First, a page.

Businessman to pay victim €15,500 after dispute over disabled bay parking
A Donegal businessman has been ordered to pay another man €15,500 after he broke a rib when he was dared to park illegally in a disabled bay.
Gus O’Driscoll was also ordered to pay Mr Frankie Doherty’s legal costs.
O’Driscoll appeared in Letterkenny Circuit Civil Court after Mr Doherty sued his attacker for damages.
O’Driscoll, owner of the famous ‘Wet n Wild’ outdoor store in Letterkenny, had previously pleaded guilty to the attack on Mr Doherty in Letterkenny District Court in February 2013.
The accused was ordered to pay €1,000 to Mr. Doherty following the attack on May 4, 2012.
The District Court heard that O’Driscoll claimed he had only been parked in the disabled space for a short time in the Market Square as he crossed the road to a local bakery for buy his wife her favorite pastry.
When he returned, Mr. Doherty pointed out to him that he was parked in a handicapped spot and O’Driscoll got out of his jeep and pushed Mr. Doherty to the ground.
CCTV footage of the incident was released to Letterkenny Circuit Court as part of Mr Doherty’s claim against O’Driscoll.
The footage, which was checked by Donegal County Council employee Mr Sean Flanagan, was replayed several times.
Testifying before Judge Mary Morrissey, Mr Doherty admitted to approaching O’Driscoll’s jeep to reprimand him.
He told O’Driscoll that it was “bolloxes” like him who prevented disabled people from being able to park in the city.
He then remembered O’Driscoll jumping out of his jeep and pushing him to the ground.
“I was in shock. I stood up and my arm and chest hurt. I was really in shock,” Mr Doherty said.
He called Gardai who arrived about fifteen minutes later and he explained to them what had happened.
The court later heard that Mr Doherty’s wife was disabled.
Giving evidence, Garda Gerry Fee said they found Mr O’Driscoll through a partial license plate number given to him and interviewed him at his shop.
In his O’Driscoll statement from Ballykeerin, Kilmacrennan claimed he pushed the victim, but only after Mr Doherty spat on him, forcing him to lose control.
Responding to questions from Mr Doherty’s solicitor, Mr Paul McLaughlin, who was instructed by Mr Ciaran Haran of Kieran O’Gorman Solicitors, the Garda said he had viewed the CCTV footage and had not saw no assault to justify what he had received and said there was no trace of spitting.
He added that O’Driscoll was a ‘tall, strong man’ and that Mr Doherty was thin and half the height of his attacker.
Under cross-examination, O’Driscoll, who represented himself in court, claimed he asked Garda Fee to see the pin on his car window, but he refused.
A taxi driver who was also parked nearby, a Mr Noel Doherty, told the court he heard shouting and looked across the road and saw O’Driscoll pushing Mr Doherty on the ground.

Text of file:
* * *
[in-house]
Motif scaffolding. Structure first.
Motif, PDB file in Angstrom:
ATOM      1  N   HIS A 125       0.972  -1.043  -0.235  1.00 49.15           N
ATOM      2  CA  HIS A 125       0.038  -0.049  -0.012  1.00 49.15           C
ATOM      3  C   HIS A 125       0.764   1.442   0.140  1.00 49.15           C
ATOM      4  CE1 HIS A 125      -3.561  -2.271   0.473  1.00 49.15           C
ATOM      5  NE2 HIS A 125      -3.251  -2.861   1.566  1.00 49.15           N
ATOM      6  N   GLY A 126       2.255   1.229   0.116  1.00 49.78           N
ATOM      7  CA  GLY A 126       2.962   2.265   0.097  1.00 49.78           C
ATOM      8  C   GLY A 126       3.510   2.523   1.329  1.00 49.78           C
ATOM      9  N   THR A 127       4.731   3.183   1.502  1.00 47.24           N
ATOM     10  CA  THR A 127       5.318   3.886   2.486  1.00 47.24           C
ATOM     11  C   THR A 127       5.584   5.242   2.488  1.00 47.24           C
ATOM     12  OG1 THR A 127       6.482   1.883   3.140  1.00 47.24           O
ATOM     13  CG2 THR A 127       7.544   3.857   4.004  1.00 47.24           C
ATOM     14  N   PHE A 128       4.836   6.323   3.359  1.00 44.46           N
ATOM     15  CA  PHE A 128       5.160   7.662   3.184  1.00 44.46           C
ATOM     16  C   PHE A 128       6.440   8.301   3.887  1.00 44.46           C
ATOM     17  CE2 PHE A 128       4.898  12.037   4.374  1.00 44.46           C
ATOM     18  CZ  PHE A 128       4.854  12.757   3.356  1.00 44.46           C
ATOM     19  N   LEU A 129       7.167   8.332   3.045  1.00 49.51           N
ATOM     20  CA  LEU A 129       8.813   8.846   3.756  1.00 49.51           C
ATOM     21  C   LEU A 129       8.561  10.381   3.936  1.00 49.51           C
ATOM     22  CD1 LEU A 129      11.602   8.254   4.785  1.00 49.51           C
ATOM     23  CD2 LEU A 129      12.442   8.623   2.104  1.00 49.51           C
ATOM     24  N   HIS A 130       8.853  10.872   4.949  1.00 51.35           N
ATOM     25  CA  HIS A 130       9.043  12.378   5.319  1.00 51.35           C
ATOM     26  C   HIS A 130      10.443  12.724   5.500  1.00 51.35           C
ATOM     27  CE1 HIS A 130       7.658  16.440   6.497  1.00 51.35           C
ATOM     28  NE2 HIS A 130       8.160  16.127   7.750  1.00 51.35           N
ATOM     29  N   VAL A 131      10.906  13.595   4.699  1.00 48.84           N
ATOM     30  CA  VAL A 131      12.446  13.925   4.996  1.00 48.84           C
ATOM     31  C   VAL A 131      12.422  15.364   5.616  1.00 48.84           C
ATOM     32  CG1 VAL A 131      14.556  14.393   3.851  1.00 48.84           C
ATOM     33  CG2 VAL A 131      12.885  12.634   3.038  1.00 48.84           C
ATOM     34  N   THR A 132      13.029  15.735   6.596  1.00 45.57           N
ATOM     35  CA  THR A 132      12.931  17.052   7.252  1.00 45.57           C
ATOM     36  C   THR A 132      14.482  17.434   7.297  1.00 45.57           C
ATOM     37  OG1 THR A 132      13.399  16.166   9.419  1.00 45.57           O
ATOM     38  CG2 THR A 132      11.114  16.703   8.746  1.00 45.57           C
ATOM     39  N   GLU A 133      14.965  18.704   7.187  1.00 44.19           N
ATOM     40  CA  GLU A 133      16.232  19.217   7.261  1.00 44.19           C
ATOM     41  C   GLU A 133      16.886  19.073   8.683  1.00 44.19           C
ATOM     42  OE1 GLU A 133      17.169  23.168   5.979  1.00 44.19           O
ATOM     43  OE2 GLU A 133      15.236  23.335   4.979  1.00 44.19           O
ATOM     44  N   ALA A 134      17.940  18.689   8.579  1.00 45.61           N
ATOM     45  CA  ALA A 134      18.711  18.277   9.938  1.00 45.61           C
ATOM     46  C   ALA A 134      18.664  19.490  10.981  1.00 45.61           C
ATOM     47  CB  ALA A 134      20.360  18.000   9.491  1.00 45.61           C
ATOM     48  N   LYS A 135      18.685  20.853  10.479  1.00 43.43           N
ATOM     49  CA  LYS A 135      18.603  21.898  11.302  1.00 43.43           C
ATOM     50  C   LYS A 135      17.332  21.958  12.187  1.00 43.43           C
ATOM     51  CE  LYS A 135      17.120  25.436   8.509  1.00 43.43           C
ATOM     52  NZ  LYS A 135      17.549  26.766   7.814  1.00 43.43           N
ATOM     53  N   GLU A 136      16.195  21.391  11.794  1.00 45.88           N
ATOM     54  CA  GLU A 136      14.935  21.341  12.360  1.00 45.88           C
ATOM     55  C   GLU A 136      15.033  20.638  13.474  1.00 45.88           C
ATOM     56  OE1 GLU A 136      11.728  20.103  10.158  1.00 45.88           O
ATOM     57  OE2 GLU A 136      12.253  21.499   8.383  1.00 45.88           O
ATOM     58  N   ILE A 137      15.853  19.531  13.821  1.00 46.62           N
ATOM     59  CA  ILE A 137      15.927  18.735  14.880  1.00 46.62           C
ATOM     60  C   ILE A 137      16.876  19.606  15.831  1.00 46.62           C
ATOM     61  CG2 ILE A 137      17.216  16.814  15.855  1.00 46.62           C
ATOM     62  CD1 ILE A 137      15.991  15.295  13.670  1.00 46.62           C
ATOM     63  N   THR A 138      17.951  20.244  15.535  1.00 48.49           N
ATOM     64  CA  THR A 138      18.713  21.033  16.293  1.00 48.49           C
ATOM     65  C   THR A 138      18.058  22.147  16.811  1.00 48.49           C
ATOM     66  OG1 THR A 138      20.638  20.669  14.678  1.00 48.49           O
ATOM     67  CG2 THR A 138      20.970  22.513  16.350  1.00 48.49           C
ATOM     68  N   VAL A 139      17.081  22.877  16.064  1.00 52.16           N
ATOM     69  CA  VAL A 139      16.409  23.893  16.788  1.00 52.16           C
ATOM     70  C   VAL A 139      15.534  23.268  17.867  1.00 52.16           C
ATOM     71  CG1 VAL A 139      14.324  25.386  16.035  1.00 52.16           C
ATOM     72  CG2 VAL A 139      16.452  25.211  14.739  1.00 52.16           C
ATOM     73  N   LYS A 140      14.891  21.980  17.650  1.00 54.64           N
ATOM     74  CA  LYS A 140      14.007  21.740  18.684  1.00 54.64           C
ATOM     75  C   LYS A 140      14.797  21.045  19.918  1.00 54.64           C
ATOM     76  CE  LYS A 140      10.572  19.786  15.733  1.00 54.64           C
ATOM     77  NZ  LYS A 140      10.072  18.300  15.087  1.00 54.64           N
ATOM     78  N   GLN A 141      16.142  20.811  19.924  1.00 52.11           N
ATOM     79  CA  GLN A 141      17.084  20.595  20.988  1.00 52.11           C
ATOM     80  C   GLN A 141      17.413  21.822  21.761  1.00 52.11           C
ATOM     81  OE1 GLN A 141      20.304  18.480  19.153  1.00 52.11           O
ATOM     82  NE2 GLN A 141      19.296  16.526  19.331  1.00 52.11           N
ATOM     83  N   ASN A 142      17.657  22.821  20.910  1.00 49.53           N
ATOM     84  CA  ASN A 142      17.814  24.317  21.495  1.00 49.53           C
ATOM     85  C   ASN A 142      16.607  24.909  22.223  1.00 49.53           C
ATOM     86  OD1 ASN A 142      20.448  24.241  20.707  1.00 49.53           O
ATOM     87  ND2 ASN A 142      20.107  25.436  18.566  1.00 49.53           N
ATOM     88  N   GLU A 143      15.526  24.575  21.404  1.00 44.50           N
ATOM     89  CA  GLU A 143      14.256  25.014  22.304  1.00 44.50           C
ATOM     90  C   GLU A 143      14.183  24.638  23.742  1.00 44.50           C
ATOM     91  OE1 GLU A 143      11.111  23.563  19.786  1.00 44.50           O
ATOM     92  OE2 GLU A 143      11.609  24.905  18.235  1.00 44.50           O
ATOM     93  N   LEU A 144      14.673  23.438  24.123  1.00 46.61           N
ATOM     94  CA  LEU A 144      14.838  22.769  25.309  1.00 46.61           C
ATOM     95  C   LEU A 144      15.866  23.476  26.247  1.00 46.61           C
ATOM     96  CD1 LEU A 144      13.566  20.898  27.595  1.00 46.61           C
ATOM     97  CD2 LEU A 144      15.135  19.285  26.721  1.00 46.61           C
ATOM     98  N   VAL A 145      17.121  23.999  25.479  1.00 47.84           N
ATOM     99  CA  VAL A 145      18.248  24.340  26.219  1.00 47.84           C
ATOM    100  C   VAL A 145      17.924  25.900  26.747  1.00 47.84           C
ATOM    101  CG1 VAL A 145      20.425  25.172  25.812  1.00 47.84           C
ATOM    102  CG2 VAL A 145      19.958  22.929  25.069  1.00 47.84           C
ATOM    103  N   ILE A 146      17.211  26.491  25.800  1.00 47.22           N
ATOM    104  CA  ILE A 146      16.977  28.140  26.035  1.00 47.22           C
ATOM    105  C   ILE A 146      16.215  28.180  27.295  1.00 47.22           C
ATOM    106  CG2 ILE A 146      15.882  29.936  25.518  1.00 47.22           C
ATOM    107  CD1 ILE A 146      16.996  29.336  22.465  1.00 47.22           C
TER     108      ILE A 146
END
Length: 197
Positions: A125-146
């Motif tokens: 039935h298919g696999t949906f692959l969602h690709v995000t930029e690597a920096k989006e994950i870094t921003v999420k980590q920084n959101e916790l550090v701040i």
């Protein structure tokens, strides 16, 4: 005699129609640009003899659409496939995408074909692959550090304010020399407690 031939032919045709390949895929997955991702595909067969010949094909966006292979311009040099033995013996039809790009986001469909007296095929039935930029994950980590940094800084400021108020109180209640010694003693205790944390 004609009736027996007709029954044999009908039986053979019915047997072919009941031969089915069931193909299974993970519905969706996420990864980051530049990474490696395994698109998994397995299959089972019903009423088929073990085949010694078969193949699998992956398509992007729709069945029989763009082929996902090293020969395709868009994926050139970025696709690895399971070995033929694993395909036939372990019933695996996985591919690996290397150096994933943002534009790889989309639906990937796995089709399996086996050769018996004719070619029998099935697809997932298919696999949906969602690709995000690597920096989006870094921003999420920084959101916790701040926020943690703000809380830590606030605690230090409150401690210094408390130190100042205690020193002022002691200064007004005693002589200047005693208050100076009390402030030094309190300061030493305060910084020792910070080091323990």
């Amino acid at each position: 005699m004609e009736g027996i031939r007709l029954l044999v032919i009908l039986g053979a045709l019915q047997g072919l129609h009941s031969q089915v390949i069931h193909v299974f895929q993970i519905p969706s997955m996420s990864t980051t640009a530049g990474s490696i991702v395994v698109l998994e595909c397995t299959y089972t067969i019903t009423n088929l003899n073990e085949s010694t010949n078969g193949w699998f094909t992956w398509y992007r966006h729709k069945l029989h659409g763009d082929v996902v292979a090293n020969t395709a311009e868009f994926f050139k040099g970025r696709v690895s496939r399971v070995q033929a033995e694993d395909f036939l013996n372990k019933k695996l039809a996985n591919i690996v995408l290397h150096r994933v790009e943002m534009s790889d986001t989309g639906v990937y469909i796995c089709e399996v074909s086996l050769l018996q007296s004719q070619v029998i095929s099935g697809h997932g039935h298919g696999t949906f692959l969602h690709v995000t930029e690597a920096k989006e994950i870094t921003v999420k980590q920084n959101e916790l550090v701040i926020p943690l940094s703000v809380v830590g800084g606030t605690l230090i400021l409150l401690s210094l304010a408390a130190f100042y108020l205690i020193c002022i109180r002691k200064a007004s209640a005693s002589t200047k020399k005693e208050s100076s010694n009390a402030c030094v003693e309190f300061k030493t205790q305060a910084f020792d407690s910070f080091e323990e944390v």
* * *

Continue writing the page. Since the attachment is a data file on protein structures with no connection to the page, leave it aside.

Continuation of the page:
He, too, said he did not see Mr. Doherty spit on O’Driscoll as he claimed.
The court was told that shortly after the attack on May 4, Mr Doherty telephoned his brother-in-law, Dr James McDaid, to seek medical advice.
Dr McDaid said he told Mr Doherty to take painkillers, but three days later Mr Doherty came back to him saying he was still in a lot of pain.
The doctor referred him to an orthopedic surgeon for a checkup and it was discovered after an X-ray that Mr Doherty had a broken rib.
Dr McDaid said when he saw Mr Doherty he was in a lot of pain and had a bad weekend.
Judge Morrissey asked O’Driscoll if he would call witnesses, but he replied that he would not.
In summary, Mr Doherty’s solicitor, Mr Paul McLaughlin referred to the CCTV and everything it showed and said there was clearly no evidence of spitting before O’ Driscoll only pushes his client “forcefully”.
He added that at no time did Mr. Doherty leave the pavement, that he had his hands in his pockets at all times and that at no time did he protest when he was pushed.
“I say the evidence is absolutely clear and there is no defence,” he added.
In his summary, O’Driscoll admitted he had parked in the disabled bay and pleaded to the assault and paid Mr Doherty €1,000.
However, he added he was standing firm on his stance in self-defense and claimed he felt ‘abandoned’ by the Garda and the state because they did not examine the window of his jeep .
Delivering his judgment, Judge Morrissey said it was a “very sad case” which had been entirely preventable but was confirmed by CCTV footage.
She added that she had no doubt that the incident happened in the manner indicated in the argument.
She referred to both the Garda Fee testimony and the medical evidence given by Dr McDaid saying she was satisfied based on the evidence that the incident had happened and that the injuries had been sustained. .
She added that O’Driscoll said he was sorry and pleaded guilty, but added that he was given the opportunity to leave but exasperated the situation.
It awards Mr. Doherty the sum of €12,500 in damages and an additional €3,000 for the psychological damage and stress caused.
Mr. Doherty, also secured his legal costs in the case.